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Hematology. 2007 Dec;12(6):561-70.

Alterations of hemostasis after laparoscopic and open surgery.

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  • 11st Department of Surgery, Athens Medical School, Laiko University Hospital, Athens, Greece.



After tissue injury caused by trauma or surgery, alterations of hemostasis are observed and there is a risk for postoperative thromboembolic complications. Laparoscopic surgery, by causing limited tissue injury, appears to be associated with a lower risk for thromboembolism than open surgery. We conducted a prospective randomized study in order to detect potentially existing differences in activation of coagulation and fibrinolytic pathways between open and laparoscopic surgery.


Forty patients suffering from chronic cholelithiasis were randomly assigned to undergo open (group A n = 20) or laparoscopic cholecystectomy (group B n = 20) by the same surgical and anesthesiology team. Demographic data were comparable. Blood samples were taken (a) preoperatively, (b) at the end of the procedure, (c) 24 h postoperatively and (d) 72 h postoperatively. The following parameters were measured and compared within each group and between groups: platelets (PLT), soluble fibrin monomer complexes (SFMC), fibrin degradation products (FDP), D-dimers (D-D), fibrinogen (FIB), activated partial thromboplastin time (APTT), prothrombin time (PT). Thrombin-antithrombin III complexes (TAT) were measured at 24 and 72 h postoperatively. Prothrombin fragment 1 + 2 (F1 + 2) was measured at 24 and 72 h postoperatively in 11 patients of group A and 13 patients of group B, respectively.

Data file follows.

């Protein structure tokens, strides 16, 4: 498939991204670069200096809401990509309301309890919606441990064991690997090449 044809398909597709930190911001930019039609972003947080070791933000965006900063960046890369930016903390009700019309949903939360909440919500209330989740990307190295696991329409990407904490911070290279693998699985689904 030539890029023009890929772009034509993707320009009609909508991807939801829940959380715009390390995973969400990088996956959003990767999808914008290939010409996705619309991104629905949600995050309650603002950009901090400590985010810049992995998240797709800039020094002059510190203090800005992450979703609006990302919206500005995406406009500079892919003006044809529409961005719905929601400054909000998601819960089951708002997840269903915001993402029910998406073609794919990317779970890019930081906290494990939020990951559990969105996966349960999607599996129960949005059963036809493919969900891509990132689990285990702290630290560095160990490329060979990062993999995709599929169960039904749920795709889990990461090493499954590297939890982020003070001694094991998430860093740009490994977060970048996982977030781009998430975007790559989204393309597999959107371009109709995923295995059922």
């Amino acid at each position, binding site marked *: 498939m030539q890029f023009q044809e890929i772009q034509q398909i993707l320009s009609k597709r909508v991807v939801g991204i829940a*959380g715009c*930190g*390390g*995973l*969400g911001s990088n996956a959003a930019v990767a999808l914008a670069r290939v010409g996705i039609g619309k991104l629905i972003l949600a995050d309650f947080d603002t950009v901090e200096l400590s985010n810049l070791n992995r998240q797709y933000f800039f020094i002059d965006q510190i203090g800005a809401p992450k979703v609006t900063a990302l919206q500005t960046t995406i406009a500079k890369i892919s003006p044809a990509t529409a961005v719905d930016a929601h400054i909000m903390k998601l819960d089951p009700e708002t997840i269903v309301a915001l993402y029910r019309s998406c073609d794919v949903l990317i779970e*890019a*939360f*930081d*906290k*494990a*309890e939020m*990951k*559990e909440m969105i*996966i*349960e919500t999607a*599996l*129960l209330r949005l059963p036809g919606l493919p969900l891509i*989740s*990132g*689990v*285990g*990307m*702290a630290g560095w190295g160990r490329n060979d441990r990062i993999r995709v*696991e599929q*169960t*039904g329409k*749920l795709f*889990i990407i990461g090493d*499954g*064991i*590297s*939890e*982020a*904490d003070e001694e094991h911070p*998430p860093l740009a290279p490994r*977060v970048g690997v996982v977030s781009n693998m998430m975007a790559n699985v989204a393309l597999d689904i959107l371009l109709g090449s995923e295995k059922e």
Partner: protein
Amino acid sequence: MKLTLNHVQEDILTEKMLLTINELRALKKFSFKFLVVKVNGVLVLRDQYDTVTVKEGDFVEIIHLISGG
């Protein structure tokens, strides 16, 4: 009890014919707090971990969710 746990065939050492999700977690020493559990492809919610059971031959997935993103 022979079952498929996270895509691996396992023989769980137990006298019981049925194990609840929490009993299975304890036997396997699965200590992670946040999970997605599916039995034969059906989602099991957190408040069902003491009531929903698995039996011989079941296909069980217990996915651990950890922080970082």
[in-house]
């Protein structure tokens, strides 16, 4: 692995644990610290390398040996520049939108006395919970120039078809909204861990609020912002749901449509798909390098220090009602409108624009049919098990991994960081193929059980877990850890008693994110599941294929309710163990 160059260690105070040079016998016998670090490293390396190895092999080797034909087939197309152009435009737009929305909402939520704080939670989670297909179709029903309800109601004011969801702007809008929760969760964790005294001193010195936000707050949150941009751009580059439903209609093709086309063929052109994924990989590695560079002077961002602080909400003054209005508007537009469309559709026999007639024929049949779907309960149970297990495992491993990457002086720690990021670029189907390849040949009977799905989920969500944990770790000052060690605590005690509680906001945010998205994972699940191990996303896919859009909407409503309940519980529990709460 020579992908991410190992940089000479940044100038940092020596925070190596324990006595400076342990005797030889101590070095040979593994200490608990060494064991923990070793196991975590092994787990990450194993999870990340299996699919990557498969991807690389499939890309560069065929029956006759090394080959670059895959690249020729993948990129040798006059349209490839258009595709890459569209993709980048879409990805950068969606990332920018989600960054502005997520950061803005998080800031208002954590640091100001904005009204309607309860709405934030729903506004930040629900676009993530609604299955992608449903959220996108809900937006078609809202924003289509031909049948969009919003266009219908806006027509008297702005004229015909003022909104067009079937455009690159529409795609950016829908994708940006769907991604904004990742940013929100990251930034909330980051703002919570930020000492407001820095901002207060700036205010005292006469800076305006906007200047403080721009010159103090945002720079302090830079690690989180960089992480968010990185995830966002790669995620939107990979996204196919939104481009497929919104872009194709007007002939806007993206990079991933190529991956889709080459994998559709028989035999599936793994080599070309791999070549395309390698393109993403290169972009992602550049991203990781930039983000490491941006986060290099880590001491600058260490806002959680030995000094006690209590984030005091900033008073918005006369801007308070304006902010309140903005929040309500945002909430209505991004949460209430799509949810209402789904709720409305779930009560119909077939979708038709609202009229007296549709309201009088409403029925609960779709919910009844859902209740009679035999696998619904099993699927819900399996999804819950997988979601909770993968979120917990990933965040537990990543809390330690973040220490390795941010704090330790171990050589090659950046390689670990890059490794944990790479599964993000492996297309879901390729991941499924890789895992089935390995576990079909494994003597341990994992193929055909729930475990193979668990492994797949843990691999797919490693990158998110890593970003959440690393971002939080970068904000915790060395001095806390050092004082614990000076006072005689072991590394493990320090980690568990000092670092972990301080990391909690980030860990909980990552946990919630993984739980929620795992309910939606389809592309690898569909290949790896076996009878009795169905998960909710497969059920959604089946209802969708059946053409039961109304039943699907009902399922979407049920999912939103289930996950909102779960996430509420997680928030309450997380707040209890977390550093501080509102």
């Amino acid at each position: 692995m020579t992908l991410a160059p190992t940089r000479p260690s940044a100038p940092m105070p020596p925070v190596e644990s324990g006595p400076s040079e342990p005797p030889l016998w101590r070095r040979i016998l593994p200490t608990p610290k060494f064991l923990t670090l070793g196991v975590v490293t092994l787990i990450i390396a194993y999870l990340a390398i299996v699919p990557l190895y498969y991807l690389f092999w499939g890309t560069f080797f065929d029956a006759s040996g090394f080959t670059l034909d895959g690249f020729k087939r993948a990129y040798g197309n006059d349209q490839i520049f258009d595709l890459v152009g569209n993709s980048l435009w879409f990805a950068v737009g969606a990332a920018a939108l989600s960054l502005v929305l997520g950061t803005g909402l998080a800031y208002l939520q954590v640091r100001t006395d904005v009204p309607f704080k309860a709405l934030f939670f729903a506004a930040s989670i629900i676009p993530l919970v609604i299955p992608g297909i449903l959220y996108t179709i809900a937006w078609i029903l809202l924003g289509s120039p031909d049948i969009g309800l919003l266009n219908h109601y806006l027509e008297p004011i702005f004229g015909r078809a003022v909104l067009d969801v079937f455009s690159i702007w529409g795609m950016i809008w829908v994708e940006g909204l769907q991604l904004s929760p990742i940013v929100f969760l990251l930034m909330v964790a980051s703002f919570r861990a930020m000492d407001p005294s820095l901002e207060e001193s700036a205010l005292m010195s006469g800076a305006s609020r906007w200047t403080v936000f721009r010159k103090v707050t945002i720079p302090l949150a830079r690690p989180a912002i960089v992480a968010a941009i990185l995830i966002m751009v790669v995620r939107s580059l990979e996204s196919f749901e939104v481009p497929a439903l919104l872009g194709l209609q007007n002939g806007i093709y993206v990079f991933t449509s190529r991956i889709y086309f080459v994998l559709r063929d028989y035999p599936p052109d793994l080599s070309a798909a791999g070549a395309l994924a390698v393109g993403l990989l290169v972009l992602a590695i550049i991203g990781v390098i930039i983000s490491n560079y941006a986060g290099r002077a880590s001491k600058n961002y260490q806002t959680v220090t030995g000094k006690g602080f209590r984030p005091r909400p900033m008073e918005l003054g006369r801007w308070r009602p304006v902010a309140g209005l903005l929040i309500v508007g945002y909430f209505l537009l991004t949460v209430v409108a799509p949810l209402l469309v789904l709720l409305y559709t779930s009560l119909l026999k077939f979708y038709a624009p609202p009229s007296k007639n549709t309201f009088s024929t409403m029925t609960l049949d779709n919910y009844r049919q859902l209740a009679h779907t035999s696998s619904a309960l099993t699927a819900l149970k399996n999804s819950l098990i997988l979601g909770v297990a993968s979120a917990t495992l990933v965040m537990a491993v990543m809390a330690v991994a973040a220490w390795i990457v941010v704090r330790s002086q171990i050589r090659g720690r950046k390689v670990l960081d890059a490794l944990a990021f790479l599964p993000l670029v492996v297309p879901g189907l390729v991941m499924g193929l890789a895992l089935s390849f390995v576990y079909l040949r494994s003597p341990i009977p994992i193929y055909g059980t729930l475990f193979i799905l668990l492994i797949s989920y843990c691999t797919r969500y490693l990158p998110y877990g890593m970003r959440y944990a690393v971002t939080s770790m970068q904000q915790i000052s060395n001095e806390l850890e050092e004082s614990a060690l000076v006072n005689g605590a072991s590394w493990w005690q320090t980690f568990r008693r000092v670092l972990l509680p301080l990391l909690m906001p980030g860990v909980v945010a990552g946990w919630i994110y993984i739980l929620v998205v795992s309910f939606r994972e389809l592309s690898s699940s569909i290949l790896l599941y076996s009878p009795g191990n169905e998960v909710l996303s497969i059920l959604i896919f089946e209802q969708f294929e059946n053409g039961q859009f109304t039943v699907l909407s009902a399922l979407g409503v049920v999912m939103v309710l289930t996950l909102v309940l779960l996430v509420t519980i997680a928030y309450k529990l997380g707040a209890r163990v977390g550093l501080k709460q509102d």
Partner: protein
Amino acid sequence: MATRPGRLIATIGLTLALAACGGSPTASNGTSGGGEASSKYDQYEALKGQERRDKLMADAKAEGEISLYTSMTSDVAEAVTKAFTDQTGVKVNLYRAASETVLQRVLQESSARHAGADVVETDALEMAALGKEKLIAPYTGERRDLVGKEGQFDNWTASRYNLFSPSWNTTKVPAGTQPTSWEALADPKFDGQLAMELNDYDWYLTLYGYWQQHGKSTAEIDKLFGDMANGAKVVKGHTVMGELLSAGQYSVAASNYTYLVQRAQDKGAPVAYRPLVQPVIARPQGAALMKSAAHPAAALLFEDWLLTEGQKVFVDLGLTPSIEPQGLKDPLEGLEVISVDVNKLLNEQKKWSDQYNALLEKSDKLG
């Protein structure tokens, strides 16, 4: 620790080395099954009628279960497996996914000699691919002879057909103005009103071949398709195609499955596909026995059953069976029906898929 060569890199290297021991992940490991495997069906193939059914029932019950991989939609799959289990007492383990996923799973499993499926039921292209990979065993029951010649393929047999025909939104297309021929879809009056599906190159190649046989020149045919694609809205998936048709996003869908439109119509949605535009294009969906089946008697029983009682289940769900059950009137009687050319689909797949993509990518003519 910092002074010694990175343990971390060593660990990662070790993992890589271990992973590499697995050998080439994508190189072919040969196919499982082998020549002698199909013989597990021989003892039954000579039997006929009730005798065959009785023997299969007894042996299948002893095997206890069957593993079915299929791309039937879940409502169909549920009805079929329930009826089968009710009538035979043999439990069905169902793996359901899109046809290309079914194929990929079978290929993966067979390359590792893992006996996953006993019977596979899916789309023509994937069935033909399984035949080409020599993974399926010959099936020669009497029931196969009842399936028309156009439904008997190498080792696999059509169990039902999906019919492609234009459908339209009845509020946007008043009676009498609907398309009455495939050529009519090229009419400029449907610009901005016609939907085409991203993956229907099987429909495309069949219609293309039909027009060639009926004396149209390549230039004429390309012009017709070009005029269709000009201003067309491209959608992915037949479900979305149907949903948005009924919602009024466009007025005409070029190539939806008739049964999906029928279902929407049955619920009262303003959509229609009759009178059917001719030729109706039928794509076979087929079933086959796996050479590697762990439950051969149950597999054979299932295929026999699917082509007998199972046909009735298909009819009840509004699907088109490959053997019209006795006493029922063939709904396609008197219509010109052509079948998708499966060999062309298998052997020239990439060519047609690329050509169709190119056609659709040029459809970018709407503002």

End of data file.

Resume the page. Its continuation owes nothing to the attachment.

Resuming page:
Demographics were comparable between groups. Immediately postoperatively, TAT and F1 + 2 were significantly higher in group A as compared to group B (p < 0.05). They also increased significantly postoperatively as compared to preoperative levels within each group (p < 0.05). D-dimers were significantly higher in group A as compared to group B (p < 0.01) immediately postoperatively. D-dimers also increased significantly postoperatively in group B as compared to preoperative levels (p < 0.001). FIB decreased slightly in both groups at 24 h postoperatively but there was a significant increase in group A as compared to group B (p < 0.01). SFMC were detected twice in group A and only once group B. FDP levels over 5 mug/ml were detected more often in group A than in group B (p < 0.05). No patient from either group suffered thromboembolism or abnormal bleeding as a postoperative complication.


Open surgery as compared to laparoscopic procedures leads to activation of the clotting system of a higher degree. Although of a lower degree, hypercoagulability is still observed in patients undergoing laparoscopic surgery and, therefore, routine thromboembolic prophylaxis should be considered.

[PubMed - indexed for MEDLINE]
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